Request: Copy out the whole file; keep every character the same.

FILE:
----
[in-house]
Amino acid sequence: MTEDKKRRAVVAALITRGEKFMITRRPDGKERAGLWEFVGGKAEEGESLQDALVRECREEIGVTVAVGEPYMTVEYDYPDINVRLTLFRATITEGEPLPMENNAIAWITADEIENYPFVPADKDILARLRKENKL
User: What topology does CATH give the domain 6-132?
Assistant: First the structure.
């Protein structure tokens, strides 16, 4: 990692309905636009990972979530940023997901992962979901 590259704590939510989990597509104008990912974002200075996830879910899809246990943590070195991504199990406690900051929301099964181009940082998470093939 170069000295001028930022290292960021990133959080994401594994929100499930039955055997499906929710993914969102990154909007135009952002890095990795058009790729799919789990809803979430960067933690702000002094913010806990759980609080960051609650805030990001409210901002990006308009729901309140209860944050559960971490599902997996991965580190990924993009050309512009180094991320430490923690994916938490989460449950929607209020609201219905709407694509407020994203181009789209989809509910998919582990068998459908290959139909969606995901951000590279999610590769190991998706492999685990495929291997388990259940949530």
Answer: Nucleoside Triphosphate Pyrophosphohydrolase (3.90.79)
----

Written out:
[in-house]
Amino acid sequence: MTEDKKRRAVVAALITRGEKFMITRRPDGKERAGLWEFVGGKAEEGESLQDALVRECREEIGVTVAVGEPYMTVEYDYPDINVRLTLFRATITEGEPLPMENNAIAWITADEIENYPFVPADKDILARLRKENKL
User: What topology does CATH give the domain 6-132?
Assistant: First the structure.
């Protein structure tokens, strides 16, 4: 990692309905636009990972979530940023997901992962979901 590259704590939510989990597509104008990912974002200075996830879910899809246990943590070195991504199990406690900051929301099964181009940082998470093939 170069000295001028930022290292960021990133959080994401594994929100499930039955055997499906929710993914969102990154909007135009952002890095990795058009790729799919789990809803979430960067933690702000002094913010806990759980609080960051609650805030990001409210901002990006308009729901309140209860944050559960971490599902997996991965580190990924993009050309512009180094991320430490923690994916938490989460449950929607209020609201219905709407694509407020994203181009789209989809509910998919582990068998459908290959139909969606995901951000590279999610590769190991998706492999685990495929291997388990259940949530």
Answer: Nucleoside Triphosphate Pyrophosphohydrolase (3.90.79)